The NFL Draft is now less than a week away and the Dallas Cowboys and the rest of the National Football League – said in your best Chris Berman voice -- should have their draft boards together after months of due diligence.
While there's a lot of speculation and a lot of rumors about which player will go where, the fact remains that a lot of what front offices think can be completely disrupted by a surprise or two. Whether it’s a surprise trade up or a player that gets taken before the general consensus predicted, what actually happens during the draft can throw a lot of our preconceived notions out the window.
What I'd like to explore today is the cost of moving up and the benefit of moving down. As we look at it, it's important to discuss the tool a lot of teams use to allocate value to the draft picks. It's not a hard and fast tool, but it gives a general idea on the value of these picks.
The Trade Value Chart
I've highlighted Dallas' picks in each round and the corresponding value given by the trade chart. This one is from Draftek.com.
These are just numbers, and there is no telling how teams are going to value picks in this draft, which appears to be pretty deep. So I have to preface this with, picks may not have the value that the trade value chart offers. Just based on the human element of assigning value to picks, a team like the Miami Dolphins could value third round picks higher than a team like the Oakland Raiders.
Only the guys in the room know, and we'll only know on draft night how they value those picks. The trade value chart gives us a starting point or a frame of reference for what these picks are valued at in a vacuum.
With that being said, let's look at what it would take for the Dallas Cowboys to trade down.
I’ve been a huge proponent of a trade back with where the Dallas Cowboys are sitting. There're going to be several football players at 19 that can help them as a franchise. Even a small trade back of 3-5 spots could net them an extra third-round pick that could be very valuable to a team that's become quite adept at hitting on talent in the middle rounds of the draft.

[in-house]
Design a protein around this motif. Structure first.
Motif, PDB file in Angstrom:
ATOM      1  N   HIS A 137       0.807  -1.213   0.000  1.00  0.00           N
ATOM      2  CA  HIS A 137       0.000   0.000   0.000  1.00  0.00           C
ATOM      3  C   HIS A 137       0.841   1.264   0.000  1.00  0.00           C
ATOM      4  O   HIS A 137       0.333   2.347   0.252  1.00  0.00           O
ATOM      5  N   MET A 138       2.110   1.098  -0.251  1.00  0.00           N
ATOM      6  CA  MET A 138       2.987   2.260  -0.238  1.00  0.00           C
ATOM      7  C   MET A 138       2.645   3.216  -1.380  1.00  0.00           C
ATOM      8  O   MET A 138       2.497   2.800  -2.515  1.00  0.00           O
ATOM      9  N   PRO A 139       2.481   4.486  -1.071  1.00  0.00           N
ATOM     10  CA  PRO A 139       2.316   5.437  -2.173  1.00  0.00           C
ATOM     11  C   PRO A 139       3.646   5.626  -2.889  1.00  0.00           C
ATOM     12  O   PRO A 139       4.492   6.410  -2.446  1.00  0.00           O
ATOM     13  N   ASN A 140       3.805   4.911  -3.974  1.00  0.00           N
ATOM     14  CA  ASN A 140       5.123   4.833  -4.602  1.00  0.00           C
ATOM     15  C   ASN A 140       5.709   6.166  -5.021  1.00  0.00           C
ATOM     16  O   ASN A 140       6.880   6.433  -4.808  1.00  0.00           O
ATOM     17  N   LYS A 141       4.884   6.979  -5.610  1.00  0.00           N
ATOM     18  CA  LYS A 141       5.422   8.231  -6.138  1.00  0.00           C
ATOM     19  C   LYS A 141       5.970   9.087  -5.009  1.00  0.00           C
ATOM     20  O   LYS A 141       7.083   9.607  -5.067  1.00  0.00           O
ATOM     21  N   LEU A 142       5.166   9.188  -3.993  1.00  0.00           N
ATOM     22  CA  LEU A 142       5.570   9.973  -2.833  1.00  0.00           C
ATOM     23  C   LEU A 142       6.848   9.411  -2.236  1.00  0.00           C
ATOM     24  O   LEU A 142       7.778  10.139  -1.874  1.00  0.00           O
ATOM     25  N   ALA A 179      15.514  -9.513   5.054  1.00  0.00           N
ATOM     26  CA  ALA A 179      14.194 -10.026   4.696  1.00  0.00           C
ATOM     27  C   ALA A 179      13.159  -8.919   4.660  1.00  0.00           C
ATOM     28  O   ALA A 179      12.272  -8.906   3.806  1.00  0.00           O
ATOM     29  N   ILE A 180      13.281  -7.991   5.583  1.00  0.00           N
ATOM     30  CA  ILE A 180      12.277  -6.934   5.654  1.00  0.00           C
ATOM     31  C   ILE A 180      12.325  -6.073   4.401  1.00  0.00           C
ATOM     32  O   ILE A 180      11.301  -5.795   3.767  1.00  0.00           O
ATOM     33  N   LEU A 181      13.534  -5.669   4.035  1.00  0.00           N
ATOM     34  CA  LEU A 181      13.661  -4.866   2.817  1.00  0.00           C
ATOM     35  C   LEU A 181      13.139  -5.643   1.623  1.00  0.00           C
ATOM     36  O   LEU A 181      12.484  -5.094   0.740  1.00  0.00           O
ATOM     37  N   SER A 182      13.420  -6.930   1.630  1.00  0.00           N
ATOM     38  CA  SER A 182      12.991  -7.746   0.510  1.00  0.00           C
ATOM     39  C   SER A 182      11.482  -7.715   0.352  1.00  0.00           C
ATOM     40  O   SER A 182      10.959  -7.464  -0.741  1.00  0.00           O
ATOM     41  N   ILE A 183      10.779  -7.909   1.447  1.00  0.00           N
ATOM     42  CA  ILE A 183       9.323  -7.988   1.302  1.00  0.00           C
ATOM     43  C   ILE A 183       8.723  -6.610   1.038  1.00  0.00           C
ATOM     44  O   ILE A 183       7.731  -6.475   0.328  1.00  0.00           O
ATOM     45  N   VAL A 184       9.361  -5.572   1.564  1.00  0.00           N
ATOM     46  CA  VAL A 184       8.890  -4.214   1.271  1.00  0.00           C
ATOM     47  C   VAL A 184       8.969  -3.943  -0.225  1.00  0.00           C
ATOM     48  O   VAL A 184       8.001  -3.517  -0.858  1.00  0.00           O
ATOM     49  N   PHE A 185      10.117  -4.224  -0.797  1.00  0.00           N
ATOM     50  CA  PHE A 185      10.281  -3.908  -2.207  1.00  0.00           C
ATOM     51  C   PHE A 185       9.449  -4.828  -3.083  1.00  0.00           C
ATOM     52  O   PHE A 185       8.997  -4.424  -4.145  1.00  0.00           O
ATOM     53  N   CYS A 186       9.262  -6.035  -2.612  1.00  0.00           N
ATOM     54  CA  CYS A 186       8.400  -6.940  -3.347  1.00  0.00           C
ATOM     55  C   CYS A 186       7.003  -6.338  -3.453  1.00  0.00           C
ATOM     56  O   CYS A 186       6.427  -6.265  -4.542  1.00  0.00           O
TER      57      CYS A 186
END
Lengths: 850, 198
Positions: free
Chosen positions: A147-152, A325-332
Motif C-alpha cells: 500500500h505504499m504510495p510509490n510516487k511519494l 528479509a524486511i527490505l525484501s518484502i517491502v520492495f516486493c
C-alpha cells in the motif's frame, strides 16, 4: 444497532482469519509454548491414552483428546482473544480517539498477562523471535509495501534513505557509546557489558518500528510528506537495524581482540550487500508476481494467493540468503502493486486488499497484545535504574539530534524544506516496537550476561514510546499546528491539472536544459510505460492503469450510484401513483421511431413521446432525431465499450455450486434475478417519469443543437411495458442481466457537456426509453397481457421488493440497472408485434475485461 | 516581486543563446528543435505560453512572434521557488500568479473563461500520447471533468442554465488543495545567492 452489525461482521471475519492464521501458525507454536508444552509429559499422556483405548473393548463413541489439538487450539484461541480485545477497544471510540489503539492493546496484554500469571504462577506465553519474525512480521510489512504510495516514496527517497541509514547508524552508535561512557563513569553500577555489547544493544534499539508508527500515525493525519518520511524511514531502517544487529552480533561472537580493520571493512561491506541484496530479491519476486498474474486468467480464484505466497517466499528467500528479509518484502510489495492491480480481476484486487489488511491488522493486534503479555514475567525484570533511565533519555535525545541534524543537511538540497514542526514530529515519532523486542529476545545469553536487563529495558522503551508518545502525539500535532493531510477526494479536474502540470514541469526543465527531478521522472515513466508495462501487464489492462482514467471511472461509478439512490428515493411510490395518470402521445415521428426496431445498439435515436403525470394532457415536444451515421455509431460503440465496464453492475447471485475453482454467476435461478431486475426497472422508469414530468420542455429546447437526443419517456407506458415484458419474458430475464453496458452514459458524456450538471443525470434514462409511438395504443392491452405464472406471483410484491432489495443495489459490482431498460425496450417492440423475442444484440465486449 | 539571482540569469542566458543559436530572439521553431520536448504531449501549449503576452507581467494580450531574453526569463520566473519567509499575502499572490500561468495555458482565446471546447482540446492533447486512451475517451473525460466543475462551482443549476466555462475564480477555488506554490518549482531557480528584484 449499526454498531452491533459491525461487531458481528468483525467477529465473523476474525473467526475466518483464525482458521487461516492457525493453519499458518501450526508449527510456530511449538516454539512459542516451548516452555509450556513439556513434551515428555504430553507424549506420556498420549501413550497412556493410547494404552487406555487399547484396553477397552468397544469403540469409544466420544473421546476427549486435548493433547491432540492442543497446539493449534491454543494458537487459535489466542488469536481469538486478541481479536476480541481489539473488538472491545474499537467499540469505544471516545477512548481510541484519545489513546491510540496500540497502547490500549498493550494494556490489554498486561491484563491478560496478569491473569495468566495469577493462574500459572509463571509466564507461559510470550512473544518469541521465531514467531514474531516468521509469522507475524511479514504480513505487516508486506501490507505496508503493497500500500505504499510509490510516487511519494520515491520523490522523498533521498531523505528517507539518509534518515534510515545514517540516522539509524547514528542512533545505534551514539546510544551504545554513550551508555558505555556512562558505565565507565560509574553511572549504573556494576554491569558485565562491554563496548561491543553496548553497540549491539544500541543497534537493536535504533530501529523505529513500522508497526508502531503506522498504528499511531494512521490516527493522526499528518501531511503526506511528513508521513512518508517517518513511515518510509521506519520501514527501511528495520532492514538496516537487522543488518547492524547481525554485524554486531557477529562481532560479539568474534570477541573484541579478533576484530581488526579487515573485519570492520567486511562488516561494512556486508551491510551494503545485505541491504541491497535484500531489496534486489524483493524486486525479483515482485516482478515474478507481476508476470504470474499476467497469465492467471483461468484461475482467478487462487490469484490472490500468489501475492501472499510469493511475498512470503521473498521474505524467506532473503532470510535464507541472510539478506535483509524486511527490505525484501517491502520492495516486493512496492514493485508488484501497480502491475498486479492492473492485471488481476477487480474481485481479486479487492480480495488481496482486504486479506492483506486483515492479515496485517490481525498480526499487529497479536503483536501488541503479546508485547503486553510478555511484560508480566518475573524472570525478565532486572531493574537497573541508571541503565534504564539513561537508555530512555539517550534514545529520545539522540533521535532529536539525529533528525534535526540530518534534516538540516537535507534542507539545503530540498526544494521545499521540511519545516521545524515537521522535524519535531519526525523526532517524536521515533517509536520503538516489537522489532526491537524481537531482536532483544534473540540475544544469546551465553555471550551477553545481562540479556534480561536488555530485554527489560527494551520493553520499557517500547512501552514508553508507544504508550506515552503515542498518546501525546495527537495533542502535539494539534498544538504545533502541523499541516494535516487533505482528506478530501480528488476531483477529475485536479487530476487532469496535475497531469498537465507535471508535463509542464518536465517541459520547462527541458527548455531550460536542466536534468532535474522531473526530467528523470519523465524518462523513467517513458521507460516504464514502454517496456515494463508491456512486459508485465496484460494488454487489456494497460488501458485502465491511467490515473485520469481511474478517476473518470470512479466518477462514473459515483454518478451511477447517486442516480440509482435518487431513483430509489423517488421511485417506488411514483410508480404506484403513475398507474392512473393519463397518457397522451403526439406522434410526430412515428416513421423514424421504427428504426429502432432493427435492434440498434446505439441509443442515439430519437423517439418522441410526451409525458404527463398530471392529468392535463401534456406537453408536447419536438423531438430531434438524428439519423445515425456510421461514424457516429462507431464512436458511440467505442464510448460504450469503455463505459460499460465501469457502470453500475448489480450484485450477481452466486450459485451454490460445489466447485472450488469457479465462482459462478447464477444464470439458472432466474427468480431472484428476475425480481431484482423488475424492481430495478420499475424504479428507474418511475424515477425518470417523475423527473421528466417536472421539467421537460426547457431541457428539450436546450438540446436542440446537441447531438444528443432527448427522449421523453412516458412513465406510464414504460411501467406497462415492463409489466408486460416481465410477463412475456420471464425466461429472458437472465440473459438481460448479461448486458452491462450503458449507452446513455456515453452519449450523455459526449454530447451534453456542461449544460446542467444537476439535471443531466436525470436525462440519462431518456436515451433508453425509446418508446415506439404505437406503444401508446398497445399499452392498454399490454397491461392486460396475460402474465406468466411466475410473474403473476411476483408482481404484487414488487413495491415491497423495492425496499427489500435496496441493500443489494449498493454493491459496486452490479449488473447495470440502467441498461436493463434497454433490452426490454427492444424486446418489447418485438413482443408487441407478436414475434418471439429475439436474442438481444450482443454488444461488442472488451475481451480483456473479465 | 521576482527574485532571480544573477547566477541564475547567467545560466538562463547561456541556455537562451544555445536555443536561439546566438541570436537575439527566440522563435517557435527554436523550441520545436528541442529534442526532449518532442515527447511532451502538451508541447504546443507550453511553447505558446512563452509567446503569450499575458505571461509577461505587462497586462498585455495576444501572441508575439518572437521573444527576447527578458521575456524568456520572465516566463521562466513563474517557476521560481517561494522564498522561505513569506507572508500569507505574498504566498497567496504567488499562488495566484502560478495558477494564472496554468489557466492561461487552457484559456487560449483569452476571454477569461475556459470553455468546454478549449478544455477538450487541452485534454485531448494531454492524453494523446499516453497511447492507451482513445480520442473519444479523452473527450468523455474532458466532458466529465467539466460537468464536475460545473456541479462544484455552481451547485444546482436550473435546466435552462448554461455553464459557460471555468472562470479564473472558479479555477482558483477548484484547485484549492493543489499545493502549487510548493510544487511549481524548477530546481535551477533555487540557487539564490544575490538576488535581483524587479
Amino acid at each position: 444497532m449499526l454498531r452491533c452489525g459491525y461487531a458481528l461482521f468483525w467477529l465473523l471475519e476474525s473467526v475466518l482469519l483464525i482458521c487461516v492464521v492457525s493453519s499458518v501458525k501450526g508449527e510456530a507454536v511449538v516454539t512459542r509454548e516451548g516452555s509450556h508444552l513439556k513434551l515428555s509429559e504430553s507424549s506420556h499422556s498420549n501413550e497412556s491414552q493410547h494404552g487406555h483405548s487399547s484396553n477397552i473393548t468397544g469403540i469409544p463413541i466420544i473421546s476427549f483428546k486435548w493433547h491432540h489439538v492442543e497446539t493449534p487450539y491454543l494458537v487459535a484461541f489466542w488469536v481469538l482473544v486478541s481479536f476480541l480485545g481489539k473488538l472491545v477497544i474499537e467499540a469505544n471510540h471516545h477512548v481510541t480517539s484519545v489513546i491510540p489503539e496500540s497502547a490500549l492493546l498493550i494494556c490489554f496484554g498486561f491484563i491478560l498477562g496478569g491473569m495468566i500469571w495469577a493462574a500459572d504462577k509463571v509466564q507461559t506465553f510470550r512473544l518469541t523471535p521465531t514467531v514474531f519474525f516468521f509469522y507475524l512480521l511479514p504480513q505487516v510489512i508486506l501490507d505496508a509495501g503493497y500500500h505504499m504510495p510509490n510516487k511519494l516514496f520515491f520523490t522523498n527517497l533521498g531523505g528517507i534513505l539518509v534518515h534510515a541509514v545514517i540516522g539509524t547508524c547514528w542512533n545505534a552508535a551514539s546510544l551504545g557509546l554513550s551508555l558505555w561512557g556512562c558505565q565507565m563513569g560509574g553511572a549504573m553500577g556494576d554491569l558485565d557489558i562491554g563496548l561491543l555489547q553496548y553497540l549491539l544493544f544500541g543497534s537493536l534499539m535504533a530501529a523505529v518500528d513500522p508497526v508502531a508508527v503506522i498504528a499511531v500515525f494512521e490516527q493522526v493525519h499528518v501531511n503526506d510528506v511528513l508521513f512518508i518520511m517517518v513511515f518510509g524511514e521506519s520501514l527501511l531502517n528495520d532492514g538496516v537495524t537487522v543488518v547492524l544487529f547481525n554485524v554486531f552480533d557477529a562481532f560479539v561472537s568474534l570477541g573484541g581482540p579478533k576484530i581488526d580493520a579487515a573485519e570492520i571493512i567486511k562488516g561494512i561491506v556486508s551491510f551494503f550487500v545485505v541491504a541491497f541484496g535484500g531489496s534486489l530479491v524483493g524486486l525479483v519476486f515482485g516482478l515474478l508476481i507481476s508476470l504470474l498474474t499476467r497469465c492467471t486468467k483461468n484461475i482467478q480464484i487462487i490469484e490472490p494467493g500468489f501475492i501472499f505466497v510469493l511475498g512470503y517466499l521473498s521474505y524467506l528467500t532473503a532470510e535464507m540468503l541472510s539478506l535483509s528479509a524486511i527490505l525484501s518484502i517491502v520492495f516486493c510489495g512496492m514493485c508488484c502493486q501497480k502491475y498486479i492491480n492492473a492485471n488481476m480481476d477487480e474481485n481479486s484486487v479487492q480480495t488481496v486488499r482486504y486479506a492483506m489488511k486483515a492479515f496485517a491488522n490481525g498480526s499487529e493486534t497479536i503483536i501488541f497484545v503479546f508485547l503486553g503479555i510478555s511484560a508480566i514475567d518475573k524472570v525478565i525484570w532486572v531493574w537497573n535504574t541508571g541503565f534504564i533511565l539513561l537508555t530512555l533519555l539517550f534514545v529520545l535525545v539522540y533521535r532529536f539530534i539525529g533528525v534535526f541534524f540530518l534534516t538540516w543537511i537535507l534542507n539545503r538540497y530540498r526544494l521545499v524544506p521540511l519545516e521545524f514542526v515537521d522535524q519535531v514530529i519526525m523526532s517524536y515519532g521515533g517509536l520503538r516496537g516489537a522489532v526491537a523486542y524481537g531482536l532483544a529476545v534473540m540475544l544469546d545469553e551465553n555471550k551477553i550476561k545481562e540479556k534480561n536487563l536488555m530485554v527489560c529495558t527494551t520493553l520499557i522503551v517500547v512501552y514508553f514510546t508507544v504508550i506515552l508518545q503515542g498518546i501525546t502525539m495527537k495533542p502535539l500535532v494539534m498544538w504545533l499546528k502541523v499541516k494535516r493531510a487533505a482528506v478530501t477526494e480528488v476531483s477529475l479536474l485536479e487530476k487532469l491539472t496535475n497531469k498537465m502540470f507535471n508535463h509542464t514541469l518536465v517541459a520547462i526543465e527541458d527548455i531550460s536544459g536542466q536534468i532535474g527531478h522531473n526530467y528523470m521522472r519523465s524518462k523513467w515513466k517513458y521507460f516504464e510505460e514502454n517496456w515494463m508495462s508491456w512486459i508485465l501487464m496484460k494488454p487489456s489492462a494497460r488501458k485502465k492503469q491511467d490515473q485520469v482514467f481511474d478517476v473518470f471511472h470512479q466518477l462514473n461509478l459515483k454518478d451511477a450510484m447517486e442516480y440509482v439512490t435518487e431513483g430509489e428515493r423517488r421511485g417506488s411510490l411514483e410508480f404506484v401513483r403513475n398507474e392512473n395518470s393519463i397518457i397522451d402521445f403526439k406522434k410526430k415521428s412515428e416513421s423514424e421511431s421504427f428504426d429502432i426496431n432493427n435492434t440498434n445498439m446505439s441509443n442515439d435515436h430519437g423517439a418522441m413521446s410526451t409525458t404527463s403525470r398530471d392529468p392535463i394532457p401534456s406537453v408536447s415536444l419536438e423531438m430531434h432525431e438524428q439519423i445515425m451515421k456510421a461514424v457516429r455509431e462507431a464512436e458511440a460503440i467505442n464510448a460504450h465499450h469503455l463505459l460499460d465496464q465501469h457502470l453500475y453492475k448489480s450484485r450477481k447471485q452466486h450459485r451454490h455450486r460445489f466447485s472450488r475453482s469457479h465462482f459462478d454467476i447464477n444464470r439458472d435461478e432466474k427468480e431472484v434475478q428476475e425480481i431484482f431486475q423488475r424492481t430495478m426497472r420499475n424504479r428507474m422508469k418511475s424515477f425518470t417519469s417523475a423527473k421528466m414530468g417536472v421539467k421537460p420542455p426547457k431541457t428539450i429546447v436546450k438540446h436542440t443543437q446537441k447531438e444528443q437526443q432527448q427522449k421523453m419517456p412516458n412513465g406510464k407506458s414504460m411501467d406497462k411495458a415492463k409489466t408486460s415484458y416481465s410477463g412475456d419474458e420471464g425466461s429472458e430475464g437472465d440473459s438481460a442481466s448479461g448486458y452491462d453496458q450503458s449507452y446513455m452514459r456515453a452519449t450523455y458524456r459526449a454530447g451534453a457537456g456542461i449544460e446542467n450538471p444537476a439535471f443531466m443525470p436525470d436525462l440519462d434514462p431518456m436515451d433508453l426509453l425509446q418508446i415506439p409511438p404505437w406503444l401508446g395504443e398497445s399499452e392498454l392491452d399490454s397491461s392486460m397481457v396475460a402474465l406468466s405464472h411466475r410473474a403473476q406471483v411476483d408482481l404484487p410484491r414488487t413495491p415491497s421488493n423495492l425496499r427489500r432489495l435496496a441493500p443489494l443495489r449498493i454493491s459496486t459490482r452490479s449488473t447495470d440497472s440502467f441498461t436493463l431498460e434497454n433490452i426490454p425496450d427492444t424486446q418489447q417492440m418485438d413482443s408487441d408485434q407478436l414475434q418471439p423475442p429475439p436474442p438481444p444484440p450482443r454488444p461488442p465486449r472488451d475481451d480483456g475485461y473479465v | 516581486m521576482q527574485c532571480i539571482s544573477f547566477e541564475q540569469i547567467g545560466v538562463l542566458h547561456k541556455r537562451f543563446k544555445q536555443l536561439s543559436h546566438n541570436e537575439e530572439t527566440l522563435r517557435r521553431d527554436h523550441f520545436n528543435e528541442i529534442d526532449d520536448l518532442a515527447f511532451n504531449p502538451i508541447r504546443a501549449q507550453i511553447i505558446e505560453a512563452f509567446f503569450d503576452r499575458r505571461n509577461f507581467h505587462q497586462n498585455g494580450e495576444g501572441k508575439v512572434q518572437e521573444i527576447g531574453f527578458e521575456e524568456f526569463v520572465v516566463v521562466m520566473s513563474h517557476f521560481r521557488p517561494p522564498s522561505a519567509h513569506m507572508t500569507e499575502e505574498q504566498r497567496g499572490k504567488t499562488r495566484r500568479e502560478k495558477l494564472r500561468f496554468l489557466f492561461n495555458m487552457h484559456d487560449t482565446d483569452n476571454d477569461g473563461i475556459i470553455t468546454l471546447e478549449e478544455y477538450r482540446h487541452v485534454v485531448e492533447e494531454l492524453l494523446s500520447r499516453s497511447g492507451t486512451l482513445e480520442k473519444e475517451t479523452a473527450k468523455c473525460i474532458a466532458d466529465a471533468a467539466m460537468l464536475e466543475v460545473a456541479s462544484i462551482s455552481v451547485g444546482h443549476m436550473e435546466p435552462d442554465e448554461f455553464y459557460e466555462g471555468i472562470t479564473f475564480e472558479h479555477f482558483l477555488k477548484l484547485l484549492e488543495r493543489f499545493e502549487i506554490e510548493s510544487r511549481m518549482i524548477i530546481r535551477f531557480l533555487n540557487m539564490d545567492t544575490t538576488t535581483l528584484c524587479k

For example, if the New England Patriots offered pick number 23 (760 points), they'd also have to offer pick number 95 (120) to equal Dallas' pick at 19 (875). A move back of only four spots could still grant them the opportunity to get a guy with a first-round grade.
If the Patriots wanted to keep 23 but were still looking to move up in the first round with pick number 31 (600), they'd also have to include their second round pick, number 63 (276), to get to number 19.
If they can get a team like New England, the Jacksonville Jaguars, or Pittsburgh Steelers to come calling, in theory, they could end up with an extra second.
That’s a huge asset to acquire for a team that's still building its roster, but is close to contending.
Trading back in the first and picking up even a third rounder could allow the Cowboys to move up in the second, if a player they like falls.
Using the same scenario with New England trading up from number 23 to 19 where Dallas also gets number 95, the Cowboys could use number 95 in a trade up in the second round. Pick 95 (120 points) added to pick 50 (400) could, in theory get Dallas up to number 38, where the Tampa Bay Buccaneers are drafting.
Recently, I did a mock draft exploring what it could look like for the Cowboys to trade back in the first round and then up in the second. I think you'll like the results.
Now that you know my official stance, I want to explore the trade up scenario.
For me, there are really only four players I would make a serious move up the draft board to get: Quentin Nelson, Bradley Chubb, Roquan Smith, and Tremaine Edmunds. Guys that I'd make a small move up the board for would be Harold Landry and Vita Vea.
It’s highly unlikely any of those players will make it to Dallas’ pick at 19, and could all realistically go in the top twelve.
Here's what it would take to move up.
If you wanted to get to picks 10, 11, or 12, it's likely you would have to give up both your first (#19) and #50 in the second round. 10 (1300 points), held by the Oakland Raiders, could still require an extra late round pick to be thrown in there, but Dallas' first and second could be enough to get there.
If the Dallas Cowboys thought that was too rich for them to move up, then using their first and third (pick 81), which would be 1,060 points, gets them to pick 15. If they wanted to get to 13 or 14, they would probably have to include their first fourth rounder as well, valued at 62 points. That would be in the range to get a Harold Landry, who could go to the Green Bay Packers at 14 (1100).